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Saturday, May 20, 2006

The Problem With the FCC

Whatever happened to Don Bluth? You don’t hear much anymore about the guy behind such animated classics as The Secret of NIMH and An American Tail. After wondering why, I went to his website and found the answer: Anastasia, Thumbelina, Bartok, and Titan AE, among others. If you churn out money-losing crap (Bartok, Titan AE) more often than you do the eternal gems (NIMH, Tail), you’re not going to stay in business very long. Sorry, Don. It’s just one of those things.

How would you like the be the guy who gets his ass kicked by Tommy Hilfiger? Yes, yes, I know. Fashion designers are tough guys, way more tougher than guys in rock bands. But still….I could take Tommy hopping on one foot with one hand tied behind my back. Do you know where you are? You’re in the jungle, baby. You’re going to diiiiiiiiiiiiiiiiiiiiiie.

I don’t usually read the Wall Street Journal, but I found a link somewhere to this story about FCC overreaching when it comes to indecency fines. It seems the networks aren’t taking the record fines dished out by the FCC laying down. Good! Who made the FCC the public arbiter of taste?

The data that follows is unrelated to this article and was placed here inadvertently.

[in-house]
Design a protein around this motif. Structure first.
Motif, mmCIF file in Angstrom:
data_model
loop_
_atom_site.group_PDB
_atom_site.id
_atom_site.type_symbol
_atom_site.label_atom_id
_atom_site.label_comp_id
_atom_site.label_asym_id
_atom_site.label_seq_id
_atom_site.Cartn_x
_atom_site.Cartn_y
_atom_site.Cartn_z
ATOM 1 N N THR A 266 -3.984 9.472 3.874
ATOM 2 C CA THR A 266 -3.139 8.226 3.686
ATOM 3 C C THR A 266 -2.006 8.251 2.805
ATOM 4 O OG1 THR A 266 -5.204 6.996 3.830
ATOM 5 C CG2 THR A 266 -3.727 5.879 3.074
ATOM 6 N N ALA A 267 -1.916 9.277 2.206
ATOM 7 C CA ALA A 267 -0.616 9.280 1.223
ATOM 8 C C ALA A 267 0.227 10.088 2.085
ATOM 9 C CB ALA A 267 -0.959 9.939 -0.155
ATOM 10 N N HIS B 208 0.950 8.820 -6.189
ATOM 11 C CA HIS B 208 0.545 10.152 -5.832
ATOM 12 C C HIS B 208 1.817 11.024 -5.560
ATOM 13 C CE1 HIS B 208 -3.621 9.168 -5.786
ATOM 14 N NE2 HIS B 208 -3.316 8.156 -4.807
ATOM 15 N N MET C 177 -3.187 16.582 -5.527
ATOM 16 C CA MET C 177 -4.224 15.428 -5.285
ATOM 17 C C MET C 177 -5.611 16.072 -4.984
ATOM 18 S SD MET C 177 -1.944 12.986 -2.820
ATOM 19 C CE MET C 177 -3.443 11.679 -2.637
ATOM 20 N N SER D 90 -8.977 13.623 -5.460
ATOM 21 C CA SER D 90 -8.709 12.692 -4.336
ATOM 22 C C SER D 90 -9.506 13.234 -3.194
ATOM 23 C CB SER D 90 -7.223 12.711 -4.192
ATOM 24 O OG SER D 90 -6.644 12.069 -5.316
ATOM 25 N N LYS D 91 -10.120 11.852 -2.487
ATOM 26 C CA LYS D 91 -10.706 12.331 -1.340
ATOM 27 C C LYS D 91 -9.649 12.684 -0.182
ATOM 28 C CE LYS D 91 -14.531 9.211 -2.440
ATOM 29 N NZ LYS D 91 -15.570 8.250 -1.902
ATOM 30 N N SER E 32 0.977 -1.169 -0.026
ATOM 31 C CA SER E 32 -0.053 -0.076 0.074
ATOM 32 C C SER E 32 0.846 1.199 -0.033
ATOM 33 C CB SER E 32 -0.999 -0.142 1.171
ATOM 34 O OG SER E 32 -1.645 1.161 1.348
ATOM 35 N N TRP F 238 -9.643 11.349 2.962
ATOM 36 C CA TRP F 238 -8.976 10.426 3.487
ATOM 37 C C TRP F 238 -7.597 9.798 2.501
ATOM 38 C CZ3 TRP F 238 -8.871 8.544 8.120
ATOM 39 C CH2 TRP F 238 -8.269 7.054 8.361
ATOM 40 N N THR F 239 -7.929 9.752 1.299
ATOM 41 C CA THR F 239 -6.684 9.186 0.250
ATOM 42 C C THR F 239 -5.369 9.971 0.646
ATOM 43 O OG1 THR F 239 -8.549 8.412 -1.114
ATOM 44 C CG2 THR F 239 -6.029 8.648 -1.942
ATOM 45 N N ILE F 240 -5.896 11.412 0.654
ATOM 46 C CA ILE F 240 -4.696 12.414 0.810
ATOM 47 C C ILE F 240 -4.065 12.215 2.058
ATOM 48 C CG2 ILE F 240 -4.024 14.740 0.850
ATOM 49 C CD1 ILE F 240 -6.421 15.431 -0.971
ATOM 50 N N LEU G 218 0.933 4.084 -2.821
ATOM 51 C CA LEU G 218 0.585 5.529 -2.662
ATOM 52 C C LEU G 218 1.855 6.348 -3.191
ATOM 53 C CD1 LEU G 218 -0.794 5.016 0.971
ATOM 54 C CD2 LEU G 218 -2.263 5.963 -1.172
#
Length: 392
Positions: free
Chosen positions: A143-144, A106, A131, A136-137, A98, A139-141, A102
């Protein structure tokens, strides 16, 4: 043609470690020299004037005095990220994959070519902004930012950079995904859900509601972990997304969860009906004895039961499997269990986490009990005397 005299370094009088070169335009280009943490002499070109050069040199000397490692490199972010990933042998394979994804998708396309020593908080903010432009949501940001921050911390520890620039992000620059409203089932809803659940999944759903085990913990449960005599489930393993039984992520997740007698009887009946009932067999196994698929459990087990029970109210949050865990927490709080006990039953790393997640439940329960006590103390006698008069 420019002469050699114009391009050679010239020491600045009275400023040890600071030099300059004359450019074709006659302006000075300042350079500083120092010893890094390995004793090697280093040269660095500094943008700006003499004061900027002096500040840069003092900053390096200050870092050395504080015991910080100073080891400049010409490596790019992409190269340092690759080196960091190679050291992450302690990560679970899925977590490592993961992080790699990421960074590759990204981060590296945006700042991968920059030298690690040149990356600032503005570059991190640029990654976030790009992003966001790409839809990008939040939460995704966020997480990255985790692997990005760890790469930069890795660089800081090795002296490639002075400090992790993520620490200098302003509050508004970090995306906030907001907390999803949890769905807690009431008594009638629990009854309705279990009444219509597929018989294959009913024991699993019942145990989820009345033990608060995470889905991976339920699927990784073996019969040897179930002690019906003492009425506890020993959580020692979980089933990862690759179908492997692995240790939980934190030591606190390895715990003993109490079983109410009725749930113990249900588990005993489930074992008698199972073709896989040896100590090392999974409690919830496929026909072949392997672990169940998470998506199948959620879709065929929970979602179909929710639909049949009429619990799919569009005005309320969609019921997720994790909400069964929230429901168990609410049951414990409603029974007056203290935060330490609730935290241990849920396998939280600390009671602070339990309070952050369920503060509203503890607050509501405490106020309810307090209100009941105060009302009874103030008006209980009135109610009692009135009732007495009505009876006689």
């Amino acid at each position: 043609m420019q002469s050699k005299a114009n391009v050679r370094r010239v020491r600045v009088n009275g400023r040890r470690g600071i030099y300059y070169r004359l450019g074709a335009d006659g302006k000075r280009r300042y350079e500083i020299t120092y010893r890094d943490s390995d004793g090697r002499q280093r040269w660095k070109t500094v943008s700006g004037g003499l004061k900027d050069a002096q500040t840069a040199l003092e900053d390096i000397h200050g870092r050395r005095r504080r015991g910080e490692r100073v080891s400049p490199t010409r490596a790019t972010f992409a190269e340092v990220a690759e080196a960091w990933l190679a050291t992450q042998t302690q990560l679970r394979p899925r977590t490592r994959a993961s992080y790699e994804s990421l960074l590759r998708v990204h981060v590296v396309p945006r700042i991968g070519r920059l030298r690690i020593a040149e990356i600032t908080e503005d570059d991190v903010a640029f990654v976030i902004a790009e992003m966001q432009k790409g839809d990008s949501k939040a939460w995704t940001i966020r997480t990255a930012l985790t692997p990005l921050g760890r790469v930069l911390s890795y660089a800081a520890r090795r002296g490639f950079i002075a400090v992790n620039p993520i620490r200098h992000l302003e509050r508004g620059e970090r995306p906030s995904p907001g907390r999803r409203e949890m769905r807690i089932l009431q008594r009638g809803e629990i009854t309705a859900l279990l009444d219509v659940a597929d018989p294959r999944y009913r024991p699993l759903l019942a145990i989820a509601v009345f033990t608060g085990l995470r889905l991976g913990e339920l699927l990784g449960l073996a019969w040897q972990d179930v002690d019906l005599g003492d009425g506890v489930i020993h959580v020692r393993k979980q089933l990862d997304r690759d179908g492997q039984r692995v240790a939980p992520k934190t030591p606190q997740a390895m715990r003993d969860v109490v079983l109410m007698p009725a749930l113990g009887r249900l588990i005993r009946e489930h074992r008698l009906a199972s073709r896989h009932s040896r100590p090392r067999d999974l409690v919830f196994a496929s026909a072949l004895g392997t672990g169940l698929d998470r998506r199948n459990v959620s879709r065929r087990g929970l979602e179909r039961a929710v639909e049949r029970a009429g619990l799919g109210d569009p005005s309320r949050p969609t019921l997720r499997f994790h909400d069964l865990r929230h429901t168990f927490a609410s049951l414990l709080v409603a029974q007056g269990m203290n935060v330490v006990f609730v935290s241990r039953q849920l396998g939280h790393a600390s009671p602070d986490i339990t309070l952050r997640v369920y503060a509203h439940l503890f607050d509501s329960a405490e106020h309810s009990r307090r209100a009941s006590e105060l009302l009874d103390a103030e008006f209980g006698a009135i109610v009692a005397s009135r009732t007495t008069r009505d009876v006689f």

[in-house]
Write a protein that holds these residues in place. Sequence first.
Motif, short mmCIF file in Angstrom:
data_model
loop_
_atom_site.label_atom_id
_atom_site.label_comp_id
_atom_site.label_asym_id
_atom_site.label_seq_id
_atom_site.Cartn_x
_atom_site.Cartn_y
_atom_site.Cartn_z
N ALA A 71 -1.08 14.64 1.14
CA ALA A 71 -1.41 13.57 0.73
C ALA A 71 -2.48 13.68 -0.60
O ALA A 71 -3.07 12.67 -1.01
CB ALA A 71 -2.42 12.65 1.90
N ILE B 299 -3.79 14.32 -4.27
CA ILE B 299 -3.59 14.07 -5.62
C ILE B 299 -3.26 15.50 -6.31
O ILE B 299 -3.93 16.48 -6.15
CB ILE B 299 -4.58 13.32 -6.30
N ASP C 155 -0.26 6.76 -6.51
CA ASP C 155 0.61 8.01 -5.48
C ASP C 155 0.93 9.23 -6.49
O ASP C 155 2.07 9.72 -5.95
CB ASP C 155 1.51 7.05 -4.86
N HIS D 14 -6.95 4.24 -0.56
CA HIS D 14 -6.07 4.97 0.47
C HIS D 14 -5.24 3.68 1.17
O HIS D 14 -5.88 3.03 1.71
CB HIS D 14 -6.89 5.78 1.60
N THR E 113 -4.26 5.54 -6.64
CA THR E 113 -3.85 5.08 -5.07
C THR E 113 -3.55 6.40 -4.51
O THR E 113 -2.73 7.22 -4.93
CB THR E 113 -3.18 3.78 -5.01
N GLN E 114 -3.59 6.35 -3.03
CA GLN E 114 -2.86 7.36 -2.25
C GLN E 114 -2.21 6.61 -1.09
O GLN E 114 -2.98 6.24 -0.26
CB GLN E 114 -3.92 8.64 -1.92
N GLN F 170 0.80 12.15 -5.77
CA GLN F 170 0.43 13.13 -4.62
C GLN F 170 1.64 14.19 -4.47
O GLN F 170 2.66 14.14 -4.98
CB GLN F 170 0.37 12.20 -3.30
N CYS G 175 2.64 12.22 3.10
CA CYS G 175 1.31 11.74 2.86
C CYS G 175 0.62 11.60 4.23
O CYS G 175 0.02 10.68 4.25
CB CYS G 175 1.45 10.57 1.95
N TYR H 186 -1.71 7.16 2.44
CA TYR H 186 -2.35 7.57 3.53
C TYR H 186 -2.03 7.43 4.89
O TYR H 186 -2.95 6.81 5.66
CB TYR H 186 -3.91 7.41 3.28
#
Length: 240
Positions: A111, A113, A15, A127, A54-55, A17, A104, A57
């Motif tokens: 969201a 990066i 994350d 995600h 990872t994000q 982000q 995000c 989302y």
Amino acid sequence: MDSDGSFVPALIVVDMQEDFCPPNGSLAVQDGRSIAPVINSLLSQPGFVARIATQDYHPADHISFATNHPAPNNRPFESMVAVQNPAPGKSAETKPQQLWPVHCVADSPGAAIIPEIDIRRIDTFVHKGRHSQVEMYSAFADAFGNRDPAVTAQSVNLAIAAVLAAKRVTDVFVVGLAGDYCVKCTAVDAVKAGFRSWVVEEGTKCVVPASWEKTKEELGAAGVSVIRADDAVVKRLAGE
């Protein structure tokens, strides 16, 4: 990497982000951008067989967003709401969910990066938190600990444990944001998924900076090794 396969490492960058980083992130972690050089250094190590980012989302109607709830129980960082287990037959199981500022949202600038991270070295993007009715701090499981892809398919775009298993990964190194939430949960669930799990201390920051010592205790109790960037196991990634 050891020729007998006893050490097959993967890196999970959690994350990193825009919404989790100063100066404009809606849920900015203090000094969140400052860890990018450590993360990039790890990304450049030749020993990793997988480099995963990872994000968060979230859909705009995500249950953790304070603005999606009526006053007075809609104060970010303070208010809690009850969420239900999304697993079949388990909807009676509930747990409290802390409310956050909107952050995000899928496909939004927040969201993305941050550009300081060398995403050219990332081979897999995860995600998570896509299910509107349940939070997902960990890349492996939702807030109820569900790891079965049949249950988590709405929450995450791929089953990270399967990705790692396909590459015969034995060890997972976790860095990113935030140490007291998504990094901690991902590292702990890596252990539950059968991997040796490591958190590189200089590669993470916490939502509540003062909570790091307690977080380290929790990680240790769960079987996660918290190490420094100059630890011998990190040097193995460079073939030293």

The interesting thing to me is that it’s blatantly clear that the FCC is in the pocket of a very small group of people who get their panties in a wad over….Bono saying the F-word. (I do agree with them on one point, though….the silicone monstrosity claiming to be Janet Jackson’s breast was indeed quite scary.) And who is this group, you ask? The Parent’s Television Council, which has been directing their members (Fans? Parents? Council members?) to send e-mail complaints to the FCC. And it’s quite a campaign, too.

The WSJ says:
“Last year, the FCC received 233,531 complaints about indecent broadcasts, compared with 346 in 2001.”
Yep, in 2001, they got less than one complaint a day. It was almost as if the entire fifth grade class of Benjamin Franklin Elementary in Pocatello, ID rose up and demanded a boob-free boob tube. (Okay, I made up the school….but I do believe Pocatello, ID is a real place.) When you compare the 346 complaints with the millions of viewers who watch television in any hourly bloc, it’s statistically clear that they are a minority so small they don’t even deserve to be called a minority. For instance, in November of last year, the top-rated network show was CSI, an hour long drama shown on one channel, with an estimated 29,456,000 viewers. (Here’s the chart.)